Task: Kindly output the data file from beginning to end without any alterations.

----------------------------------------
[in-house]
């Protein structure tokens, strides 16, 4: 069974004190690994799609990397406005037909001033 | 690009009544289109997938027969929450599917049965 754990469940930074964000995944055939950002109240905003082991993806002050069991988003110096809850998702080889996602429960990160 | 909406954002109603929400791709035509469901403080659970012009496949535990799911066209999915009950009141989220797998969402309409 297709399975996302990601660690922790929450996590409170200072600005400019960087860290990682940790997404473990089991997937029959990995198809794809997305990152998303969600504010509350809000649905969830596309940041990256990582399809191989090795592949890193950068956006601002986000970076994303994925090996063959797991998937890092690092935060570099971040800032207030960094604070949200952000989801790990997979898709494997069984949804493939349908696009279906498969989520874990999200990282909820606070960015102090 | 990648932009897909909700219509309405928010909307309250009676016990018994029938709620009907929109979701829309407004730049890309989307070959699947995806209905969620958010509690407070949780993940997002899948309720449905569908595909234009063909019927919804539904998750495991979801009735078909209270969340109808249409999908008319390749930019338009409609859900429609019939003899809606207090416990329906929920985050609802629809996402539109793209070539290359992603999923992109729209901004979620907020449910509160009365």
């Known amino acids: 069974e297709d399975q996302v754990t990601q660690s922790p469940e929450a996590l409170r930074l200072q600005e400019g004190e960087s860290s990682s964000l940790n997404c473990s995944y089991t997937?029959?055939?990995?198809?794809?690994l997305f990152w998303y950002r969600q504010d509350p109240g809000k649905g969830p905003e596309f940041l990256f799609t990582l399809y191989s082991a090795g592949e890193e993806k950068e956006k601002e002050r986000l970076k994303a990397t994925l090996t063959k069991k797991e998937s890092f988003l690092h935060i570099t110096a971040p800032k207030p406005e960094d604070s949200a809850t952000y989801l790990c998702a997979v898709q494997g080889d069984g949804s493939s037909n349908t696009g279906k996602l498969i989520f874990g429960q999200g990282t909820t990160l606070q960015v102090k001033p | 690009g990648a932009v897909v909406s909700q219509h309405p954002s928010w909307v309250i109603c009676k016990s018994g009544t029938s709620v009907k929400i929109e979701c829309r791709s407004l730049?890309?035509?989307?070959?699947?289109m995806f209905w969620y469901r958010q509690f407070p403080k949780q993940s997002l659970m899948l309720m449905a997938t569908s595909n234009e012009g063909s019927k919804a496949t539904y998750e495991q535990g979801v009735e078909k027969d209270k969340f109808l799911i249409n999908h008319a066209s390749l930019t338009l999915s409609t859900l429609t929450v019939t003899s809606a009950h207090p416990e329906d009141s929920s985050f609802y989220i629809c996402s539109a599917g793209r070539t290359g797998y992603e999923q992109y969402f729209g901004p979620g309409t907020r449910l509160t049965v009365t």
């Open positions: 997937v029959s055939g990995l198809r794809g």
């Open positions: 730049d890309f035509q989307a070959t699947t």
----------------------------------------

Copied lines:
[in-house]
């Protein structure tokens, strides 16, 4: 069974004190690994799609990397406005037909001033 | 690009009544289109997938027969929450599917049965 754990469940930074964000995944055939950002109240905003082991993806002050069991988003110096809850998702080889996602429960990160 | 909406954002109603929400791709035509469901403080659970012009496949535990799911066209999915009950009141989220797998969402309409 297709399975996302990601660690922790929450996590409170200072600005400019960087860290990682940790997404473990089991997937029959990995198809794809997305990152998303969600504010509350809000649905969830596309940041990256990582399809191989090795592949890193950068956006601002986000970076994303994925090996063959797991998937890092690092935060570099971040800032207030960094604070949200952000989801790990997979898709494997069984949804493939349908696009279906498969989520874990999200990282909820606070960015102090 | 990648932009897909909700219509309405928010909307309250009676016990018994029938709620009907929109979701829309407004730049890309989307070959699947995806209905969620958010509690407070949780993940997002899948309720449905569908595909234009063909019927919804539904998750495991979801009735078909209270969340109808249409999908008319390749930019338009409609859900429609019939003899809606207090416990329906929920985050609802629809996402539109793209070539290359992603999923992109729209901004979620907020449910509160009365």
């Known amino acids: 069974e297709d399975q996302v754990t990601q660690s922790p469940e929450a996590l409170r930074l200072q600005e400019g004190e960087s860290s990682s964000l940790n997404c473990s995944y089991t997937?029959?055939?990995?198809?794809?690994l997305f990152w998303y950002r969600q504010d509350p109240g809000k649905g969830p905003e596309f940041l990256f799609t990582l399809y191989s082991a090795g592949e890193e993806k950068e956006k601002e002050r986000l970076k994303a990397t994925l090996t063959k069991k797991e998937s890092f988003l690092h935060i570099t110096a971040p800032k207030p406005e960094d604070s949200a809850t952000y989801l790990c998702a997979v898709q494997g080889d069984g949804s493939s037909n349908t696009g279906k996602l498969i989520f874990g429960q999200g990282t909820t990160l606070q960015v102090k001033p | 690009g990648a932009v897909v909406s909700q219509h309405p954002s928010w909307v309250i109603c009676k016990s018994g009544t029938s709620v009907k929400i929109e979701c829309r791709s407004l730049?890309?035509?989307?070959?699947?289109m995806f209905w969620y469901r958010q509690f407070p403080k949780q993940s997002l659970m899948l309720m449905a997938t569908s595909n234009e012009g063909s019927k919804a496949t539904y998750e495991q535990g979801v009735e078909k027969d209270k969340f109808l799911i249409n999908h008319a066209s390749l930019t338009l999915s409609t859900l429609t929450v019939t003899s809606a009950h207090p416990e329906d009141s929920s985050f609802y989220i629809c996402s539109a599917g793209r070539t290359g797998y992603e999923q992109y969402f729209g901004p979620g309409t907020r449910l509160t049965v009365t």
């Open positions: 997937v029959s055939g990995l198809r794809g």
């Open positions: 730049d890309f035509q989307a070959t699947t």